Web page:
Twenty-Fifth Sunday in Ordinary time. Year A. 23 September 2017

The Gospel today reminds me of the famous decision of Justice Higgins in 1907, often recalled as the ‘Sunshine Harvester’ judgement from which came the basic wage, our then equivalent of the denarius. Oh, where oh where has the basic wage, sufficient for a man, his wife and three children to live on, gone… the reality let alone the concept?

Yet again we are seemingly faced with a difficulty within the Matthean community for, like its founder, they welcomed “tax collectors and sinners.” This was unacceptable behaviour and teaching for the leaders of the society, even in Jesus’s time. He even dined with them!  We are confronted again with striking a balance between God’s justice and God’s mercy. We need both. The parable satisfies on every score, even though there are those who grumble…still.

With our annual Social Justice Sunday hat on, one might suggest that there is also a line that the Master (or should we call him the good employer) teaches: we would like to think that our work satisfies and contributes to our physical and general well-being. The need for people to have work that enabled them to care for their family is promoted by this parable. The 2017 Social Justice Statement, ‘Everyone’s Business: Developing an inclusive and sustainable economy’, in part, draws inspiration from the parable. We, in our changing and globalised world, might be inspired to reflect again on the need to include justice and mercy in our construct of measuring out the denarius for the labourers. They seem to be missing out in the land that first recognised the justice of having a basic wage.  In promoting such thinking, we will undoubtedly be accused of dining with “tax collectors and sinners”…but is that not where our Master wishes us to be?

 

Mons Frank

Twenty-Fourth Sunday in Ordinary time. Year A. 17 September 2017

“If everyone was an atheist, would the world be a better place?”

I have never been asked that question, until last Friday at a large discussion group in Moama. Would it?

I began the reply by suggesting that we do not have any evidence that ‘the world’ was atheist at any particular time or that the people in small or large countries were totally atheist, even if their rulers professed atheism. The last century had a number of professed atheists: Mao, Stalin (despite his early days in the seminary), Pol Pot to name a few; and even with them we don’t know what was in their mind when they died.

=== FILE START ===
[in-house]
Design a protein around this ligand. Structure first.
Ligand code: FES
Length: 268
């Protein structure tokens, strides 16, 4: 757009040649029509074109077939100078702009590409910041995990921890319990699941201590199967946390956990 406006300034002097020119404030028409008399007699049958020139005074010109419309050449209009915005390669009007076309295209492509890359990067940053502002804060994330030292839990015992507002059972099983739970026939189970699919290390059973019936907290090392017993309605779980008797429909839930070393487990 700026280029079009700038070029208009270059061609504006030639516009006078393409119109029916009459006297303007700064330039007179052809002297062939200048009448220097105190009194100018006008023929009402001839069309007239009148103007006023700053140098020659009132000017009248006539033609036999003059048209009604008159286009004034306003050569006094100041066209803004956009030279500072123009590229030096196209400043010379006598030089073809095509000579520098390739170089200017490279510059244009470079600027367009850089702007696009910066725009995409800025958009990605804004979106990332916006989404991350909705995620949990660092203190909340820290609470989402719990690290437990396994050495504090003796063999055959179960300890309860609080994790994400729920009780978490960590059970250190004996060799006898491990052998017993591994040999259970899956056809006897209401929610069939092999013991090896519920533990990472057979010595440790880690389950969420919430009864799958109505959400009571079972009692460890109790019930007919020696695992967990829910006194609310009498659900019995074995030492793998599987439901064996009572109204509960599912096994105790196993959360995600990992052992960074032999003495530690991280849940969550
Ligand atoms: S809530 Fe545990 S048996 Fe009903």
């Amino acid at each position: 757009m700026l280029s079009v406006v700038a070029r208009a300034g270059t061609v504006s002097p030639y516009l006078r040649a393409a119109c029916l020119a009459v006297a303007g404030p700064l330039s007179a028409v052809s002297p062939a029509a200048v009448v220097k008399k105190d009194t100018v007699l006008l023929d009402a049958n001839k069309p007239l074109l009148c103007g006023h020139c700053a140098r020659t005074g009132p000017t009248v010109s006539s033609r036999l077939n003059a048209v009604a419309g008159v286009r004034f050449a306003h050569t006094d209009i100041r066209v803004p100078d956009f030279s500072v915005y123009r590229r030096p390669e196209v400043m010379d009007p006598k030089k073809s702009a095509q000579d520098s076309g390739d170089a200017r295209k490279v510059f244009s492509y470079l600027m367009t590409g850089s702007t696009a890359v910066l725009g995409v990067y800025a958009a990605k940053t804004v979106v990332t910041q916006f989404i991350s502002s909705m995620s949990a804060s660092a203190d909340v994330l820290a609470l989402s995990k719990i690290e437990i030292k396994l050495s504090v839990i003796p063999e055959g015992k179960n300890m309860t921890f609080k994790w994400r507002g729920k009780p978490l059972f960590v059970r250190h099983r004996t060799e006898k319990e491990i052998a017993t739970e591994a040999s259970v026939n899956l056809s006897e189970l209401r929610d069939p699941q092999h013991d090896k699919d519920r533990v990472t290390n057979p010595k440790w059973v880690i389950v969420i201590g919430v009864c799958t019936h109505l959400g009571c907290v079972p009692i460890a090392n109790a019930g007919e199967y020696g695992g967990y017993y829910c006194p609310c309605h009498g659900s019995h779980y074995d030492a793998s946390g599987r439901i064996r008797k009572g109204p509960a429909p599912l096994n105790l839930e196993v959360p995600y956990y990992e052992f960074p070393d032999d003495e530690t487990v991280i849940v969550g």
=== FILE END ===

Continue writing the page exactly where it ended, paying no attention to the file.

What we do know is that some form of belief in the supernatural, in a ‘God’, in a higher spirit, has been found in all cultures and that there is some evidence that if worship was not offered to the particular deity on certain occasions, then the punishment was severe.

The concept of forgiveness was not highly regarded by all in many cultures. Peter, the spokesman, is struggling to come to grips with forgiving seven times. The eye for an eye and tooth for a tooth, or payback systems, was firmly entrenched in his society despite the teaching of the Prophets, as it was in the Roman world in which he lived.

It has been suggested that the concept of seventy times seventy, or forgiveness without limits, is one of the greatest teachings given to the world by our founder who dramatically fulfilled the talk by the walk to Calvary…”forgive them Father” from the Cross is surely gold-plated action.

Both our ability and inability to forgive is measured by our inherited teaching and example of Christ. It has set Christianity apart from other faiths. Its practise has admirers and catcalls follow our failures to forgive.

Last Sunday’s Gospel is complimented by today’s passage. This Sunday remind s us that reconciliation is very much our business despite our forgetfulness at times, our refusal on other occasions, and our inability to offer the hand of friendship. Again, our reflections during the recent Year of Mercy may assist us in being agents of reconciliation during these bruising times of social debate in our beloved Australia.

“The life and death of each of us has its influence on others.”